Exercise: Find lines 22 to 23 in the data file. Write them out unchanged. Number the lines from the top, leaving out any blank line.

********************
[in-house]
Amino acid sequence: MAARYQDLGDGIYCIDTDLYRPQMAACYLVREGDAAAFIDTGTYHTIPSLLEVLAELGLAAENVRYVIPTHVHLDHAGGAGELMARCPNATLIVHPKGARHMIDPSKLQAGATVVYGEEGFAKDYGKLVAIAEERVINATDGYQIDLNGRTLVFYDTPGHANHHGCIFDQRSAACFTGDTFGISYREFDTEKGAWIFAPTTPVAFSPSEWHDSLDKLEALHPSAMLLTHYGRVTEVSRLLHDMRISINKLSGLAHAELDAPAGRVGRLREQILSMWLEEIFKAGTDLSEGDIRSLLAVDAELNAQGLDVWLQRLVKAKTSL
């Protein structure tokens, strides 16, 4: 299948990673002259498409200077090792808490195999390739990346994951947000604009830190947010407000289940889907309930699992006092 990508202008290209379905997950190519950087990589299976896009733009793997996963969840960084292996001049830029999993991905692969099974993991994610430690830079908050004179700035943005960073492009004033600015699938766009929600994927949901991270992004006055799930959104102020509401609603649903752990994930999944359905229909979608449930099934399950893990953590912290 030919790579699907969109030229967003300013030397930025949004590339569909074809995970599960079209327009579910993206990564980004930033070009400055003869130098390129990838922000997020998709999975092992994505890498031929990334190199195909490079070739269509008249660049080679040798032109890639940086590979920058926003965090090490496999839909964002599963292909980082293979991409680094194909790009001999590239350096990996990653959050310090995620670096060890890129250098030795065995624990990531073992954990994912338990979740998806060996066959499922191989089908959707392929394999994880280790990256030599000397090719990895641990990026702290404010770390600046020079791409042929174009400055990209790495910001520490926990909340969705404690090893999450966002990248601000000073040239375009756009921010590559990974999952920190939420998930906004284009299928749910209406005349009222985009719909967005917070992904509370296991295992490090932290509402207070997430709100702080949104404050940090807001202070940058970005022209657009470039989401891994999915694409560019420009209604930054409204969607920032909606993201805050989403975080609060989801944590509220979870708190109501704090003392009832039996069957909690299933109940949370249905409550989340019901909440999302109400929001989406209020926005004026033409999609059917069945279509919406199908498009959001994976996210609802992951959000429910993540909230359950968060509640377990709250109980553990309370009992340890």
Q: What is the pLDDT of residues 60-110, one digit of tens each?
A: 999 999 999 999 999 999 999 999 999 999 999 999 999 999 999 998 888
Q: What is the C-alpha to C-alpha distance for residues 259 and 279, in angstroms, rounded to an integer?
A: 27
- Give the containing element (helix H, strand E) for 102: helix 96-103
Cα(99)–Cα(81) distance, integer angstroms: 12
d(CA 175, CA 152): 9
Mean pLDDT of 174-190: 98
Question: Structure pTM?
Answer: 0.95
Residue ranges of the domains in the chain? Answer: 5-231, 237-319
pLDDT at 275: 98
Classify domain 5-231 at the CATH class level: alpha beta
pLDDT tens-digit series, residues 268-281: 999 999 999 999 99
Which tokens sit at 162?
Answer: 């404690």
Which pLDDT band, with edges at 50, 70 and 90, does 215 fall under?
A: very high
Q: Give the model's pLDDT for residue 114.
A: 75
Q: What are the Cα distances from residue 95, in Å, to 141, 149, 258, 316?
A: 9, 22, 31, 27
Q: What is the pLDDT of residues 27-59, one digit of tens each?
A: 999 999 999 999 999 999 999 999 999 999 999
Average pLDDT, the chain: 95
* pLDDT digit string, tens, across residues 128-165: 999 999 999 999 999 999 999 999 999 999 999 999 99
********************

Q: Give the model's pLDDT for residue 114.
A: 75